The World Series is wrapping up in California, but Wal-Mart is striking out in the golden state. According to the Los Angeles Times, Wal-Mart swung and missed in Inglewood, California, where the City Council voted this week not to allow Wal-Mart to build a supercenter within the city limits. The vote was on an ordinance that prevents the building of stores bigger than 155,000 square feet which carry more than 20,000 s.f. in taxable items, which includes food. Passage of the ordinance was promoted by the United Food and Commercial Workers (UFCW) union, which plans to push for similar legislation in the city of Los Angeles. Passage of such a ban in L.A. would have a far more limiting effect on Wal-Mart’s growth plans in California. Wal-Mart indicated recently that it plans to open 40 supercenters in California over the next four to six years. There are no Wal-Mart Supercenters in California. The UFCW opposes Wal-Mart because the retailer is virulently non-union. The union spokesman told the Times that the ordinance was drafted in such a way that it would affect Wal-Mart without banning retailers such as Costco from the city. Costco is a unionized retail operation. A Wal-Mart spokesman said that the company is “not accepting that this ordinance is permanent yet,” Wal-Mart could petition for a referendum on the issue, or seek a legal repeal.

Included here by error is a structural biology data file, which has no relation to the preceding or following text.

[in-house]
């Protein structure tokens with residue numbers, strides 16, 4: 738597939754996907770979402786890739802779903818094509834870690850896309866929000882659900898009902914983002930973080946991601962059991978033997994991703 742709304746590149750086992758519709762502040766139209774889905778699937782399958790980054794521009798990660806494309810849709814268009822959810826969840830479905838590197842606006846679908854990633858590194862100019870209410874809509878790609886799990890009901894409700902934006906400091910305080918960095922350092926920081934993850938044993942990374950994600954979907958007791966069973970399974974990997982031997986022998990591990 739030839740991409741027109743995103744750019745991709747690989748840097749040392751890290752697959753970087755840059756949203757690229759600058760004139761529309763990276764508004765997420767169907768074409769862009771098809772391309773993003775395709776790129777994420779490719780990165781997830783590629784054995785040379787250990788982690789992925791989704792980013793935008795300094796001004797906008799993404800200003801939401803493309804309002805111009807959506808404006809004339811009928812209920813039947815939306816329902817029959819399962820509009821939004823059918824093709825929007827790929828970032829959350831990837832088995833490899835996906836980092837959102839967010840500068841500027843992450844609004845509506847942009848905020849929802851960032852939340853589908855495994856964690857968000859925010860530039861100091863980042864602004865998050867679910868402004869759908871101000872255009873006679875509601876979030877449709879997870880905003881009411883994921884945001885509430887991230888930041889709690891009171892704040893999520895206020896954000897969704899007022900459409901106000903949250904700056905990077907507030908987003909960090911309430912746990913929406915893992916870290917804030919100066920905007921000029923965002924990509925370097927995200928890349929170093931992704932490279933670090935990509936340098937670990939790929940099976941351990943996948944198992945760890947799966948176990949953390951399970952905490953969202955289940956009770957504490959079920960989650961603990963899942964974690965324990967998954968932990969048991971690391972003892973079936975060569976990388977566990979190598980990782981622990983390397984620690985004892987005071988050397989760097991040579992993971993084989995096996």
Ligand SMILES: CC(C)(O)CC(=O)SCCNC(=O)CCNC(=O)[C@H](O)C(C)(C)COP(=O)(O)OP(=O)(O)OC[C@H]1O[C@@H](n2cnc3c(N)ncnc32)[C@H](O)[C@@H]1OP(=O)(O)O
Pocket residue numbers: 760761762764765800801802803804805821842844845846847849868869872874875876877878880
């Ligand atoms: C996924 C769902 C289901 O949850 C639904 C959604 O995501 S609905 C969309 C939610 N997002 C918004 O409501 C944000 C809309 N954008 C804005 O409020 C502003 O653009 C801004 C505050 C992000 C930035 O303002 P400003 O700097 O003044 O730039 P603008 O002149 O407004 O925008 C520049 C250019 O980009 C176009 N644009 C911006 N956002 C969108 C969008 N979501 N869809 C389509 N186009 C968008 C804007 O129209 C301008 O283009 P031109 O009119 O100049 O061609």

If you go to the September 25, 2002 Newsflash, you will find the story of a similar ordinance in Martinez, California. The California General Assembly passed a statewide ordinance similar to the Martinez and Inglewood ordinances, but it was vetoed by Governor Gray Davis. States with no Wal-Mart supercenters include: California, Hawaii, New Jersey, North Dakota, Rhode Island and Vermont. Texas has the most supercenters (135), twice as many as number two Florida (69) as of the end of the company’s fiscal year 2002.